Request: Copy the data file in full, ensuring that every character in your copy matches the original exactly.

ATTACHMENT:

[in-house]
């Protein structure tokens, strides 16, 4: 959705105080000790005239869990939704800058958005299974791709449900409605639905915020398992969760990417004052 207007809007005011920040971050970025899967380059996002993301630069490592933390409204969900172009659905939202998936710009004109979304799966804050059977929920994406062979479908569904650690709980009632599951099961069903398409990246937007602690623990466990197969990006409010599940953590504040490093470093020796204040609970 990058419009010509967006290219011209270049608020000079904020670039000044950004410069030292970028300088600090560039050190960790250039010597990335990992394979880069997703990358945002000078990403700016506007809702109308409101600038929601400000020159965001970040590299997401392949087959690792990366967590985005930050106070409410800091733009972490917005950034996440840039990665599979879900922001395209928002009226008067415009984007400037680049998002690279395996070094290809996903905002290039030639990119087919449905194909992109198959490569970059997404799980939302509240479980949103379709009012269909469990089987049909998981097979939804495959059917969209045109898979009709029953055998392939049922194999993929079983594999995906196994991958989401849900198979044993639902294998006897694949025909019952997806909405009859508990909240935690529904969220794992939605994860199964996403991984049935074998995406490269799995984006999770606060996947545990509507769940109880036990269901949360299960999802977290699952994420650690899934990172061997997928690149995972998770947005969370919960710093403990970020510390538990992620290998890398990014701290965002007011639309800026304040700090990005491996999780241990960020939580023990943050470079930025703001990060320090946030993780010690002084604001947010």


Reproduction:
[in-house]
């Protein structure tokens, strides 16, 4: 959705105080000790005239869990939704800058958005299974791709449900409605639905915020398992969760990417004052 207007809007005011920040971050970025899967380059996002993301630069490592933390409204969900172009659905939202998936710009004109979304799966804050059977929920994406062979479908569904650690709980009632599951099961069903398409990246937007602690623990466990197969990006409010599940953590504040490093470093020796204040609970 990058419009010509967006290219011209270049608020000079904020670039000044950004410069030292970028300088600090560039050190960790250039010597990335990992394979880069997703990358945002000078990403700016506007809702109308409101600038929601400000020159965001970040590299997401392949087959690792990366967590985005930050106070409410800091733009972490917005950034996440840039990665599979879900922001395209928002009226008067415009984007400037680049998002690279395996070094290809996903905002290039030639990119087919449905194909992109198959490569970059997404799980939302509240479980949103379709009012269909469990089987049909998981097979939804495959059917969209045109898979009709029953055998392939049922194999993929079983594999995906196994991958989401849900198979044993639902294998006897694949025909019952997806909405009859508990909240935690529904969220794992939605994860199964996403991984049935074998995406490269799995984006999770606060996947545990509507769940109880036990269901949360299960999802977290699952994420650690899934990172061997997928690149995972998770947005969370919960710093403990970020510390538990992620290998890398990014701290965002007011639309800026304040700090990005491996999780241990960020939580023990943050470079930025703001990060320090946030993780010690002084604001947010």